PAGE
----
Throughout much of the 17th and 18th centuries, the western Iroquois and Ohio tribes had successfully played off the British and French, periodically shifting their allegiance from one side to the other to prevent either colonial power from achieving sufficient power to dominate the Ohio Valley and Lake Erie region. Although the British had vanquished the French during the Seven Years' War (1756–1763), tribespeople remained a significant military and political power in the region and during the British attempt to enforce new trade regulations in the conflict's aftermath. Native Americans had risen during Pontiac's Revolt (1763) and had forced British officials to reconsider their Indian policies.
A decade later, when colonial settlers from Virginia attempted to occupy Kentucky, the Shawnee and Mingoe rebelled against colonial authority, and, although they had been beaten in Lord Dunsmore's War (1774), they remained a significant factor in any attempts to control the upper Ohio Valley. When the Crown and the colonists went to war in the American Revolution, the Ohio tribes sided with the British, renewed their attacks upon Kentucky, and fought the Americans to a standstill. Yet at the Treaty of Paris (1783), which ended the American Revolution (and which was not signed by Native Americans), Britain officially acknowledged American control over the Ohio Valley, and the tribes felt betrayed. When the Americans attempted to occupy the region, Miami, Shawnee, and other tribes opposed their entrance, attacking settlers and inflicting decisive defeats upon two American armies (Harmar's defeat, 1790; St. Clair's defeat, 1791) before suffering a major setback at the Battle of Fallen Timbers (August 1794). In the aftermath of Fallen Timbers, the tribes were forced to sign the Treaty of Greenville, in which they acknowledged federal control over the region and agreed to remain at peace with the Americans.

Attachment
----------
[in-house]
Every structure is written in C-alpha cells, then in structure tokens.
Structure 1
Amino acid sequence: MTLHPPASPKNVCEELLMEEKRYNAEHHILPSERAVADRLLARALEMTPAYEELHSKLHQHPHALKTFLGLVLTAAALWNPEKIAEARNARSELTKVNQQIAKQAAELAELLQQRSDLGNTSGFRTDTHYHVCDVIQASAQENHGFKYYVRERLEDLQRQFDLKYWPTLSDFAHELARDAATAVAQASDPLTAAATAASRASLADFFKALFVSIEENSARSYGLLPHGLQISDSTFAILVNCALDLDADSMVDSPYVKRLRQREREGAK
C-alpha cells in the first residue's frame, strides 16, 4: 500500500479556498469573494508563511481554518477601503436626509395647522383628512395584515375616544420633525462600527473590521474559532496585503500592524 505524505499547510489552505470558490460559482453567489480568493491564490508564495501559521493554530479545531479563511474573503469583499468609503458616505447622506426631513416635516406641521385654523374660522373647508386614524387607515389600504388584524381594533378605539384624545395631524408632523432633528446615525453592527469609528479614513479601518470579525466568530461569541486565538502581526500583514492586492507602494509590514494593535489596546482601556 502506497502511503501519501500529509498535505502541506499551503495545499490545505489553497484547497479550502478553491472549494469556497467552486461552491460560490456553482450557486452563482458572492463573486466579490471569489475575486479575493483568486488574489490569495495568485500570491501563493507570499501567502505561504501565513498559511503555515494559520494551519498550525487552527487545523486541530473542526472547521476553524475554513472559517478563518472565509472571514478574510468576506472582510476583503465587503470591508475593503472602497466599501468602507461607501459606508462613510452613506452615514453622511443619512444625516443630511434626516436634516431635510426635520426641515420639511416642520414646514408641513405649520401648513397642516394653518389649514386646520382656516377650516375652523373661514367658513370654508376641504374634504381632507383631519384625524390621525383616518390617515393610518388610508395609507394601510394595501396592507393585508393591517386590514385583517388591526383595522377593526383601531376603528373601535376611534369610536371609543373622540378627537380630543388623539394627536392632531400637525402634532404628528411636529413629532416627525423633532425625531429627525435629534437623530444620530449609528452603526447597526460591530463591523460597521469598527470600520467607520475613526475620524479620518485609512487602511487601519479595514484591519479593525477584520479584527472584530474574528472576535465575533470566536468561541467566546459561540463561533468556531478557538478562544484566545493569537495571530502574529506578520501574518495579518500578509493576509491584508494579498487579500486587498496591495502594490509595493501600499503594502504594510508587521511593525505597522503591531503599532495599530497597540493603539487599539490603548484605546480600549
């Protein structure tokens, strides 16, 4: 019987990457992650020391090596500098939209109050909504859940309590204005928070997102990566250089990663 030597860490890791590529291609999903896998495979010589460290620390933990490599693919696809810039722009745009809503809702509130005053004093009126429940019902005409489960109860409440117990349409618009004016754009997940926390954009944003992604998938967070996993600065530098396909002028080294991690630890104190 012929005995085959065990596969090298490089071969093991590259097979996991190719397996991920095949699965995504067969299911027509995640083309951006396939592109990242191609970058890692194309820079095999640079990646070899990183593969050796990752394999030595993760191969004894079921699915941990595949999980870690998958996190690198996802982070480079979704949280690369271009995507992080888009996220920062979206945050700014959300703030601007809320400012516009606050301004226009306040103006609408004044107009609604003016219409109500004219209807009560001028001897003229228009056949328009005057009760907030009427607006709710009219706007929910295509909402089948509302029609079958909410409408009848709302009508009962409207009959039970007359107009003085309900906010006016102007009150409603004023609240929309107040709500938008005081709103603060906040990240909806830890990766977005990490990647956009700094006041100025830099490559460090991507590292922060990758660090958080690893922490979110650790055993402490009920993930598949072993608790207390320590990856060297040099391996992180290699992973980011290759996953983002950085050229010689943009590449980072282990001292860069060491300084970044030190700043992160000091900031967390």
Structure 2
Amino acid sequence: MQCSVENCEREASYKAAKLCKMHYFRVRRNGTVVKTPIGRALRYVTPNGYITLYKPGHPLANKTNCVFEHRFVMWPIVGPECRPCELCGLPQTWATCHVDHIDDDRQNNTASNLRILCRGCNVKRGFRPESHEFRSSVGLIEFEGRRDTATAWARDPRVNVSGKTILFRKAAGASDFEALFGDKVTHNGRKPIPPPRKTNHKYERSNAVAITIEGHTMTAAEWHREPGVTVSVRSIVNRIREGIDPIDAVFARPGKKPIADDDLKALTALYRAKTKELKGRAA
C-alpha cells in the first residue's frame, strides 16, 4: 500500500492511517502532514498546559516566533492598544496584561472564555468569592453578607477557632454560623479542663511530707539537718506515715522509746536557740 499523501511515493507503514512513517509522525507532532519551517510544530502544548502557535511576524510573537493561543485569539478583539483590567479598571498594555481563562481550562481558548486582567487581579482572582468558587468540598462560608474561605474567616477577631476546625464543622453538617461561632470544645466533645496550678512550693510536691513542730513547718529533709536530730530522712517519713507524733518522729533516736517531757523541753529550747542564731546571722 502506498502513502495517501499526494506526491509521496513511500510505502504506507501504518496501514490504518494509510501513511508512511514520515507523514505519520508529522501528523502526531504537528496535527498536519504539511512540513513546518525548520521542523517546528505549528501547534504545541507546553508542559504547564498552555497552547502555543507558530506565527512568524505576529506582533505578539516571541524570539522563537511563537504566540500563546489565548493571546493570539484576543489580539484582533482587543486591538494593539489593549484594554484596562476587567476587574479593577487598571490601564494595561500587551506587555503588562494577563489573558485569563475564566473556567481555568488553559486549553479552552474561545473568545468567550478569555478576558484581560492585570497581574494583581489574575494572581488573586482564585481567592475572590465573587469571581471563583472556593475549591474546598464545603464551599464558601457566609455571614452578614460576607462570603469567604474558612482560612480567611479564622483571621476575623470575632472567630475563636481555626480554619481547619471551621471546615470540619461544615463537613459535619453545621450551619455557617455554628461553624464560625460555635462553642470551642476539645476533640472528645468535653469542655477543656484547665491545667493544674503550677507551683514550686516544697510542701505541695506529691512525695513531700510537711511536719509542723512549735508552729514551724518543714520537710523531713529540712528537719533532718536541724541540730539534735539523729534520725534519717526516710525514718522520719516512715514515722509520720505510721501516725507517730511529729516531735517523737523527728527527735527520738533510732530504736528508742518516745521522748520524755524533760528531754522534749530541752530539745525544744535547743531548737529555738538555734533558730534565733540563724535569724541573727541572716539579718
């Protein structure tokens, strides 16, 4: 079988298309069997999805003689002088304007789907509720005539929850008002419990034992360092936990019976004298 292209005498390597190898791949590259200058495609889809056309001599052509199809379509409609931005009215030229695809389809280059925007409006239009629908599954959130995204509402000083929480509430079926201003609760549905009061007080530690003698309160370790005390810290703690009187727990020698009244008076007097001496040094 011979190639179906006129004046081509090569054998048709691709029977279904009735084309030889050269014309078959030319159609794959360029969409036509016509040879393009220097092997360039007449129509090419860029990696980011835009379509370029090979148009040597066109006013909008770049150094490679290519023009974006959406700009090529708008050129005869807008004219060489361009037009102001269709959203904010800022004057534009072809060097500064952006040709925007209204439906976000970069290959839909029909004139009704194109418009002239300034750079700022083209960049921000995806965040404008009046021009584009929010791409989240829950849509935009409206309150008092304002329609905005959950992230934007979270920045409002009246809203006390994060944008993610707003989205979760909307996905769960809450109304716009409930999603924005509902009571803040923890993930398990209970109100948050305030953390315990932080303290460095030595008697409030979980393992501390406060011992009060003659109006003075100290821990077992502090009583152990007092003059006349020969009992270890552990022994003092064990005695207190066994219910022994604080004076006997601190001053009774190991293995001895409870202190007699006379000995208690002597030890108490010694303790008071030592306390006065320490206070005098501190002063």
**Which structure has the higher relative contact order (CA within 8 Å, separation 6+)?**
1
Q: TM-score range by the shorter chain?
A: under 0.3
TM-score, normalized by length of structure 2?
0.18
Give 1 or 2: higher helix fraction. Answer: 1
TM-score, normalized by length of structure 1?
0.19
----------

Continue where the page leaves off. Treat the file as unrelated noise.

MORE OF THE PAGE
The Treaty of Greenville was the death knell for Native American political autonomy in the Ohio Valley and the Great Lakes region. Although many midwestern Natives would support Tecumseh and his brother's, the Shawnee Prophet, efforts to defend Native American lands and autonomy in the years preceding the War of 1812, the Shawnee brothers' movement was doomed to failure. By 1812, newly settled Americans in the region so outnumbered Native Americans and their reluctant British allies that Tecumseh and his followers had little chance of success. Moreover, significant numbers of indigenous peoples (including many Shawnee) sided with the federal government against the Shawnee war chief. The treaty and its aftermath marked a significant turning point for Native Americans in the Great Lakes region.
R. David Edmunds
Prucha, Francis Paul. American Indian Treaties: The History of a Political Anomaly. Berkeley: University of California Press, 1994; Kappler, Charles J. Indian Affairs: Laws and Treaties. Mattituck, NY: Amereon House, 1972; Richter, Daniel, and James Merrell, eds. Beyond the Covenant Chain: The Iroquois and Their Neighbors in Indian North America, 1600–1800. Syracuse, NY: Syracuse University Press, 1987.